About the author
Karl Vennberg, poet, essayist, translator and critic. Involved in an updated translation of the Bible. Together with Erik Lindegren, Karl Vennberg was the leading representative of the 1940s trend in Swedish literature. In his poems, he has expressed modern man’s desperation in the face of the triumph of violence and dictatorship, but on the personal level also the contrast between the need for faith and the difficulty of accepting it. Karl Vennberg was a left-winger but consistently assumed the position of a third point of view during the Cold War.
About the winning piece
Sju ord på tunnelbanan was published in 1971. By then, Vennberg had been silent as a poet for almost a decade. The new collection of poems presents poetry of a simpler construction than his previous work. Images are no longer as grandiose, the approach more personal. But his advocacy for aggressive sceptical humanism to combat indifference continued. Several poems depict with great precision the zeitgeist, for instance Promenad i Hötorgscity with its melancholy attitude to not least the labour-movement-driven-renovation of Stockholm’s historical centre. “The outcome of the 1970s will depend on how the left-wing handles its betrayal,” Karl Vennberg predicts in another poem, Decennieskifte.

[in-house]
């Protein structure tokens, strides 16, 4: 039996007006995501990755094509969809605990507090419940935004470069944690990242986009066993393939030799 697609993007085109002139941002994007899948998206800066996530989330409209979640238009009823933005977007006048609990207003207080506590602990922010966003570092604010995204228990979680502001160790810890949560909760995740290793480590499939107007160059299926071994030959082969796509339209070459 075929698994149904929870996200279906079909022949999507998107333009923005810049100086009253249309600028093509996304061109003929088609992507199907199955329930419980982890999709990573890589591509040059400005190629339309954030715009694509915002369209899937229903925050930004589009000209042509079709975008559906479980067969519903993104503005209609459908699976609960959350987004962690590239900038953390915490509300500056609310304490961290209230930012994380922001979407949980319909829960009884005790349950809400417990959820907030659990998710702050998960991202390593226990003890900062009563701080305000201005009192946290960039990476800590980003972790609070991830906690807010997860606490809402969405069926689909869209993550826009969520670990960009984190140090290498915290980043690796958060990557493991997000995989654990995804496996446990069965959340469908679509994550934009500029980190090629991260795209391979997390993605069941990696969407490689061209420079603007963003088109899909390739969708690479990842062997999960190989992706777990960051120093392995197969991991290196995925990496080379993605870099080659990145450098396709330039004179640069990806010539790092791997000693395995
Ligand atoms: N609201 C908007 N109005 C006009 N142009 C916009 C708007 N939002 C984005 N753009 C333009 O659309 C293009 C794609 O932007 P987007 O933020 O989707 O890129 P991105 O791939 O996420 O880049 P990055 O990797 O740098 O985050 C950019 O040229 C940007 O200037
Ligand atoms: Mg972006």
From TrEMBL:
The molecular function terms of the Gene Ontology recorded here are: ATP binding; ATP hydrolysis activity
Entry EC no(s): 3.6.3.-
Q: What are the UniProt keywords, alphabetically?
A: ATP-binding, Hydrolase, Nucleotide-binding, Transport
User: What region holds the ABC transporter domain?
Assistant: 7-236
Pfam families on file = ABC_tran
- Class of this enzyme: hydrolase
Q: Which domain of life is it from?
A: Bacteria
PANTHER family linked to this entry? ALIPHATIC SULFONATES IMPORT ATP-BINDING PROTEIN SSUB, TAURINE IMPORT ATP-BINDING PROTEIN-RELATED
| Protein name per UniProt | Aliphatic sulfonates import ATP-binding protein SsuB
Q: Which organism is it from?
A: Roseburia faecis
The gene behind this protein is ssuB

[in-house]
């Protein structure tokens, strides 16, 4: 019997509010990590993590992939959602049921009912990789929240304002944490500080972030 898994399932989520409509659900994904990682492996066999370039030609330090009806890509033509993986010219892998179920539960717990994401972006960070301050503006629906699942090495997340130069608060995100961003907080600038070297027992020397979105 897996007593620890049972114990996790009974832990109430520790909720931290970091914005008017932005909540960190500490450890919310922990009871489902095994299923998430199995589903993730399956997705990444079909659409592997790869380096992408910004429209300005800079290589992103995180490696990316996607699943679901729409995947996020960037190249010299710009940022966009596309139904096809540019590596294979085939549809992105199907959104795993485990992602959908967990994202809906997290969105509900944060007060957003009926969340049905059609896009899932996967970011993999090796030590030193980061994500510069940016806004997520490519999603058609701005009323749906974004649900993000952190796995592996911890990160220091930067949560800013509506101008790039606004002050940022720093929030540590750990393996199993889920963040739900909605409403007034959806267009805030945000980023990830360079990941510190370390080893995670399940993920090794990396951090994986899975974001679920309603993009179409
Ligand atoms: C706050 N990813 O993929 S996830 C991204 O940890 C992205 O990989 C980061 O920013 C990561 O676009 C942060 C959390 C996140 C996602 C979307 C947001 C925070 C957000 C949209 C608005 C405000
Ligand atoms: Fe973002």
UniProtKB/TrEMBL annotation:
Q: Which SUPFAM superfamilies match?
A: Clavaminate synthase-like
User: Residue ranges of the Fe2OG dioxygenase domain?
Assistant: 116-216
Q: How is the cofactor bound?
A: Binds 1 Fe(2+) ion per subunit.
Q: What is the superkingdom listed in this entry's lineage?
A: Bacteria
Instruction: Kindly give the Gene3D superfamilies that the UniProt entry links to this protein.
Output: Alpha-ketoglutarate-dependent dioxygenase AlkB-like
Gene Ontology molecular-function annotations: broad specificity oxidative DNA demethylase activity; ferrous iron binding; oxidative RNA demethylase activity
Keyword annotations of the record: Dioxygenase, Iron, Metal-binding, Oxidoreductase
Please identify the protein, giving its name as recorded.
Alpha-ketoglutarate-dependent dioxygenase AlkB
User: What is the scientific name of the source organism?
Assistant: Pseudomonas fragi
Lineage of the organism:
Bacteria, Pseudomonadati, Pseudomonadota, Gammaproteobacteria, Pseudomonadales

Sju ord på tunnelbanan
Published by: Albert Bonnier's publishing company
Publication year: 1971
This is what the Adjudicating Committee had to say
Vennberg has held an important place in Nordic poetry, ever since his breakthrough in the 1940s. With “Sju ord på tunnelbanan” he has summarised and defined the post-war doubts and beliefs, which he brought humanly and politically to life in our own 1970s.